American pastor Tim Keller has announced on social media that he has been diagnosed with cancer.

Sadly, the news comes just a few weeks after Ravi Zacharias passed away from cancer.

Keller, who is the Chairman and co-Founder of Redeemer City to City, which trains pastors for ministry in global cities, recently found out that he has pancreatic cancer.

He is also the founding pastor of Redeemer Presbyterian Church in New York City.

Keller told followers he is headed to the National Cancer Institute in Bethesda, Maryland, for additional testing today and will also begin chemotherapy next week in New York City.

He stated on Instagram, “Less than 3 weeks ago I didn’t know I had cancer. Today I’m headed to the National Cancer Institute at the NIH for additional testing before beginning chemotherapy for pancreatic cancer next week back in New York City.

“I feel great and have no symptoms. It was what doctors call an “incidental pickup,” otherwise known as providential intervention. I have terrific human doctors, but most importantly I have the Great Physician himself caring for me. Though we have had times of shock and fear, God has been remarkably present with me through all the many tests, biopsies, and surgery of the past few weeks.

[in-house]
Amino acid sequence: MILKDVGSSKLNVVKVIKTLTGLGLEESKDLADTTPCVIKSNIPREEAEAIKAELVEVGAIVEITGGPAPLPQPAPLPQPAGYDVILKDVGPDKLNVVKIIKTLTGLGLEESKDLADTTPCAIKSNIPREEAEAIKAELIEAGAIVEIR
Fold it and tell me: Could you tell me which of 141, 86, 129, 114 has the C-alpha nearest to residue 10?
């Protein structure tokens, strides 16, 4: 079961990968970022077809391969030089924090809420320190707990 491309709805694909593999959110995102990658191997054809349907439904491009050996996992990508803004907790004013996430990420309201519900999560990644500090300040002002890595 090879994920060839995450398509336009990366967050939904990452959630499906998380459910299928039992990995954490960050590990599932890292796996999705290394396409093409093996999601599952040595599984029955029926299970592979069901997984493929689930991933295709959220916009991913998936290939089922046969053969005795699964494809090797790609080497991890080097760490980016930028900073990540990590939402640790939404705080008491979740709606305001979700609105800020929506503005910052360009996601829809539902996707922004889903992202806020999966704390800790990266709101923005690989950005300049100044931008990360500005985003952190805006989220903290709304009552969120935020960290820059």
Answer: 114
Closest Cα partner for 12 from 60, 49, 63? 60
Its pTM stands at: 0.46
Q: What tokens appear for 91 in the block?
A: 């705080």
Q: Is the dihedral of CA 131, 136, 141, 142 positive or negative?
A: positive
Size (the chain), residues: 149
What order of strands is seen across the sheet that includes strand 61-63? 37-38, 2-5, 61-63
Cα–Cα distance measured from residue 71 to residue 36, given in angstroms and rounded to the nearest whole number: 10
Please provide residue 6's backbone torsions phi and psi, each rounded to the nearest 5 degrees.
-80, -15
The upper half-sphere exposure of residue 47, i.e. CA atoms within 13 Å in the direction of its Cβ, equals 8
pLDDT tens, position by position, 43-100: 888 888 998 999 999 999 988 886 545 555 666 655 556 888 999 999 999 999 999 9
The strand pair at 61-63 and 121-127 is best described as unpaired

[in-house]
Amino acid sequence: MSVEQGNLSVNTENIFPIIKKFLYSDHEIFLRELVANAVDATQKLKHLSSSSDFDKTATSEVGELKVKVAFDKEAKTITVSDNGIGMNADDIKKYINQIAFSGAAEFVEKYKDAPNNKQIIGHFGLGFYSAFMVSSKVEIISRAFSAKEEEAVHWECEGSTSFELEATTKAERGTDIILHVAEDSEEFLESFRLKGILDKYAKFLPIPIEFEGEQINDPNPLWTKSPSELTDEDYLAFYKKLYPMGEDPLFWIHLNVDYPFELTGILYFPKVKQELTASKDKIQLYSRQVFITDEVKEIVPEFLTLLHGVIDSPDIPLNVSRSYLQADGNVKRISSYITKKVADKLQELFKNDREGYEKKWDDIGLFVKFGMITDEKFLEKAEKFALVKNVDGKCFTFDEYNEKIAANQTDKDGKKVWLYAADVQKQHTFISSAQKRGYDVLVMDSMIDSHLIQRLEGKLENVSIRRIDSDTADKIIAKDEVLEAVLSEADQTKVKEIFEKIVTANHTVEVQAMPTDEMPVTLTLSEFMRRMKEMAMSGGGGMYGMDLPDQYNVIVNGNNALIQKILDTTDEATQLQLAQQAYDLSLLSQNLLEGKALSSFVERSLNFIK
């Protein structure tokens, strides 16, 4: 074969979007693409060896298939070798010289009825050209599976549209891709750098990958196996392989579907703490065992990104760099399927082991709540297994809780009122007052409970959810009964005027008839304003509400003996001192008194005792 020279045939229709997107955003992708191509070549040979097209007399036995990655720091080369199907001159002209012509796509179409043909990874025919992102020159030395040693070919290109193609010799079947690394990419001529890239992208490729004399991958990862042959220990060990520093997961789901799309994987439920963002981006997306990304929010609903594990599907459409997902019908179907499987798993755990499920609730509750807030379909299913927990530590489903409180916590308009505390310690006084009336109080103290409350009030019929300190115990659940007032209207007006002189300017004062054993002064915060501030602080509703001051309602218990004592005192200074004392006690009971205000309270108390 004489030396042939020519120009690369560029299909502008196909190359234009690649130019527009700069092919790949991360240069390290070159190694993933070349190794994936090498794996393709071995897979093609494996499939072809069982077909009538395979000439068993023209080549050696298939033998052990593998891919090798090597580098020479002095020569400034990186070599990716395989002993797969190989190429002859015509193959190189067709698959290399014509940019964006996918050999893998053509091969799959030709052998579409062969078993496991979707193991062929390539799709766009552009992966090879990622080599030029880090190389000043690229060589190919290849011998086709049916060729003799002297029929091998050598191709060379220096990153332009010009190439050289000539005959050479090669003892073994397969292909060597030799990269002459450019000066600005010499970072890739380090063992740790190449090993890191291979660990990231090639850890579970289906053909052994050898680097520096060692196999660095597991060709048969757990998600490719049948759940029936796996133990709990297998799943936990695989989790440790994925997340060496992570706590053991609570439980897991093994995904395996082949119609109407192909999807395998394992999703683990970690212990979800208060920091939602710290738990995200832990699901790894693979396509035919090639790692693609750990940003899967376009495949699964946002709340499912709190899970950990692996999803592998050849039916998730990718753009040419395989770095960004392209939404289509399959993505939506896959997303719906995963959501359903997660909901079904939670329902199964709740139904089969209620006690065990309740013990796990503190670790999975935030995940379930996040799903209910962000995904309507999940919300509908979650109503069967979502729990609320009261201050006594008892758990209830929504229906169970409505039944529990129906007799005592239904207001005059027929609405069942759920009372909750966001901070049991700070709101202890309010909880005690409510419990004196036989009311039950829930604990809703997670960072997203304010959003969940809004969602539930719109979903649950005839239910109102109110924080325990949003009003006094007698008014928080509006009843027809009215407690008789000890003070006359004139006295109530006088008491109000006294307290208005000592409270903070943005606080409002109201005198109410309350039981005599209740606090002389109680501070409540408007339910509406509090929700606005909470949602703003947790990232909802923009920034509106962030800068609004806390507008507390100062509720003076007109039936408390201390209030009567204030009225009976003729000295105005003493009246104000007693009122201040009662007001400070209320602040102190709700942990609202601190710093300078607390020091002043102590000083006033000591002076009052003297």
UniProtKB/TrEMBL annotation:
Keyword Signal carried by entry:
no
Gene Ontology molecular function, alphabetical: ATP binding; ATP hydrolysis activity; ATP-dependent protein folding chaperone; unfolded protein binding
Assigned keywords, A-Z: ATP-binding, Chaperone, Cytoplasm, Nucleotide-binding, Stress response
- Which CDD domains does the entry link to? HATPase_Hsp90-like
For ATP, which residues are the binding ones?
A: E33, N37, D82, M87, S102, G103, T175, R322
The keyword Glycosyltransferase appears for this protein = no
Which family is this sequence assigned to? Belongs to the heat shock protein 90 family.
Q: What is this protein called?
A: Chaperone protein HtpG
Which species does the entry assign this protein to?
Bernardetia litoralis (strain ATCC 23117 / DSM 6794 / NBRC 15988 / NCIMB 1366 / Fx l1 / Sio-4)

“If you are willing to pray for me, here are things to pray for:

“For God to use medical means or his direct intervention to make the cancer regress to the point of vanishing.

“For Kathy and me, that we use this opportunity to be weaned from the joys of this world and to desire God’s presence above all.

“For my family to be comforted and encouraged.

“For the side effects of treatment to allow me to continue writing and speaking.”

Keller is also the author of The New York Times bestselling books The Prodigal God: Recovering the Heart of the Christian Faith; Prayer: Experiencing Awe and Intimacy with God; and The Reason for God: Belief in an Age of Skepticism. The prequel for the latter is Making Sense of GOD: An Invitation to the Skeptical.

Keller has been described as a “C.S. Lewis for the 21st Century”, although he has disavowed comparisons to his hero. He frequently draws on secular or academic sources like The New York Times, and media coverage has treated him as an anomaly: a pastor who appeals to Manhattan yuppies and intellectuals.

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